Old Geezer Rant
“Hey, Jeff, did you hear who just died? You gonna write about him?”
They’re dropping like flies.
Mose Allison, Leon Russell, Leonard Cohen, Paul Kantner, all jamming in that roadhouse honky-tonk in the sky.
Teenagers dying of old age.
Talkin’ ‘bout my g-g-g-generation.
For that matter, Dylan’s Nobel prize is also a death. How can you be a revolutionary when the establishment is embracing you? Well, I guess studiously avoiding the ceremony is one way.
And I went to see Brian Wilson’s “Pet Sounds” tour in the summer. There are things worse than death, I guess.
They say “Inside every grown man there’s a teenager screaming ‘WHAT THE FUCK HAPPENED?’” Actually, it’s not ‘them’ who says it, it’s us. We all know that we were our true selves at 15, and everything that’s happened since then has been a perversion of or deviation from the person we were then.
For me perhaps more than for some. I believe every person has his inherent age. I sometimes look at an 11-year old and see him as a 40-year old in disguise, or a man of 50 with the demeanor of a 9-year old.
Me, I’ve always been a teenager. You can call it youthful, you can call it creative and energetic. I usually call it arrested development.
I’ve always felt comfortable with people my own age – 17-23. Put me in a social situation with my chronological peers, I’ll most often gravitate to the more interesting among their children. Who wants to hang around with old people?
I was a high-school teacher for many years. During breaks, I’d usually hang out with the best and the brightest of the kids, rather than snore through the teachers’ room. I learned to speak Teenager. Which was perhaps pathetic in one way, but on the other served me in excellent stead for writing plays geared at a young adult audience.
Then I began to work in hi-tech, where the median age was in the mid to late 20s. I never felt out of place there, at least age-wise. My temperament and metabolism worked well in that environment.
And now I spend my days with the 45-voice rock choir I formed three years ago. “The kids”, as I call the members, are mostly in their 20s. Those I work closely with still tell me I’m a kid at heart. They’ve witnessed up close just how profoundly irresponsible and snarky I am deep inside. But I’m the head of the group, and I try to behave in a dignified manner.
Yes, it is true that Yair and I once dropped frogs through the window into the girls’ shower and listened to them shriek. He was 17, I was 45, the drama teacher accompanying the cast of a play on an overnight.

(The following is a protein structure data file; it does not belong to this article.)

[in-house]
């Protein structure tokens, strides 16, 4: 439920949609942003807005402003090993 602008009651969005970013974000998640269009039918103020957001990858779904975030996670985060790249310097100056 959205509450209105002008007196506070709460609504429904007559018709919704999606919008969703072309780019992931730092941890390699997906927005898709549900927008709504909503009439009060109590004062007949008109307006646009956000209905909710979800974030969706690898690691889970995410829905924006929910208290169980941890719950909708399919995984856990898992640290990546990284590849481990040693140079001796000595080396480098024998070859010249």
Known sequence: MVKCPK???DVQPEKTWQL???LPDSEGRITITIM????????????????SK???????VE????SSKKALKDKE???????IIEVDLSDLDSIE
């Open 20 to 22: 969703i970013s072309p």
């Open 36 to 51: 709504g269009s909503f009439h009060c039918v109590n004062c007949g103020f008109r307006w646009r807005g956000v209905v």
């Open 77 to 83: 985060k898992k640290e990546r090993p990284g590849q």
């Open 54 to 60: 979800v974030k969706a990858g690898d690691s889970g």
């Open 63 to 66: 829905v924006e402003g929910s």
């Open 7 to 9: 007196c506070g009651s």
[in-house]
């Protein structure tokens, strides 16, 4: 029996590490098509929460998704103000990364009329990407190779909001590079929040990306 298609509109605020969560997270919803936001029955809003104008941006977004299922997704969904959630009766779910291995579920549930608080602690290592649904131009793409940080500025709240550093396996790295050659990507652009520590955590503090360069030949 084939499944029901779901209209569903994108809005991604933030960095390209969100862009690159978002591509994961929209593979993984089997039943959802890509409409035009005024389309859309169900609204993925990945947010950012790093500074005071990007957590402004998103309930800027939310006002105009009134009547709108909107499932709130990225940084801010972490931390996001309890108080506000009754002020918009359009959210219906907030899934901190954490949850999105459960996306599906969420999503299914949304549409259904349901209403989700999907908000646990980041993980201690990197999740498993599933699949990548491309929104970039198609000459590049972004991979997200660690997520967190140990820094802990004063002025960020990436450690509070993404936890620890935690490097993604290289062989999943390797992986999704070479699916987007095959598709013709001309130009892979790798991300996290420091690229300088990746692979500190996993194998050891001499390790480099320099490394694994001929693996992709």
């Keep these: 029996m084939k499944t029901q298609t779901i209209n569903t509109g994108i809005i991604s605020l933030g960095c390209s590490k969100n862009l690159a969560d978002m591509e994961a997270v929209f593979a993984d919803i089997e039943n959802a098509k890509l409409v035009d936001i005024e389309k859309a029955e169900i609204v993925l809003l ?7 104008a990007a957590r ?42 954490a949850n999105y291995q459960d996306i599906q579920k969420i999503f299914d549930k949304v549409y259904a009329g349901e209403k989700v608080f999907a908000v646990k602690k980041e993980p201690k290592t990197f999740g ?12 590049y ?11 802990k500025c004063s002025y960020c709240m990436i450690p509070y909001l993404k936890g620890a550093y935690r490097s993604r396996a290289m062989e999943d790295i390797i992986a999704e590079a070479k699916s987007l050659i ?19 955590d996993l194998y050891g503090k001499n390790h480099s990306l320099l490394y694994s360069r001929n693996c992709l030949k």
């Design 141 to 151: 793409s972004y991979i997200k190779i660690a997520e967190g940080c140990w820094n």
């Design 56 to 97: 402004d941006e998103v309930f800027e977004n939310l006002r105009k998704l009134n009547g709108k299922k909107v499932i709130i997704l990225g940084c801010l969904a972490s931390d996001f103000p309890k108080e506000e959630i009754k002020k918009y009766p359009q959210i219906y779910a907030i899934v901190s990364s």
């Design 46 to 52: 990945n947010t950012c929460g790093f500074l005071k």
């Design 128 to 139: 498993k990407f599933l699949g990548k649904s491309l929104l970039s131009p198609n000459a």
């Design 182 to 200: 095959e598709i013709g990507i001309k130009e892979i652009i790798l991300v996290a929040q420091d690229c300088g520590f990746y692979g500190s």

But now, with Vocalocity, I try to behave with the dignity becoming a mature and thoughtful leader. It’s a role I have some discomfort playing.
But I – the one screaming ‘WHAT THE FUCK HAPPENED?’ louder than anyone else louder than any other 68-year old in the tenth grade – am gradually becoming accustomed to the fact that I’m growing old.
I don’t eat Shredded Wheat, I don’t go wandering down the street in my bathrobe, and I don’t wear the bottoms of my trousers rolled. But it’s there.
I communicate by phone, rather than by the latest digital platform. I believe in explaining an idea before condensing it into 140 characters. I express my emotions and I try to make personal contact.
In other words, I don’t know how to communicate with Generation Y. They make me feel old. Well, they’re right, I am.
My contemporaries are dying, and in nature’s actuarial terms, it’s no longer ‘a tragedy’. It’s “young by today’s standards”, but come on – 68? As my mother-in-law RIP used to say: “So he lives to eat another sack of potatoes, so what?” We’re done. Extraneous. Over le hill. Bye, Baby.
My granddaughter is a blossoming 16-year old.
I’ve met kids who know the facts of The Beatles’ career better than I do.
Barack Obama is 13 years younger than me.
I’ve fulfilled my biological, sociological and political role.
I’ve begun to reconcile myself to the fact that I probably never will learn to love opera, successfully finish writing an action novel, or date Scarlett Johansson.
Let’s face it, Jeff. You’re old. Your peers are dying. You got a few good years left, but you’re a senior citizen.
I know. But what the fuck happened? I didn’t use to be old.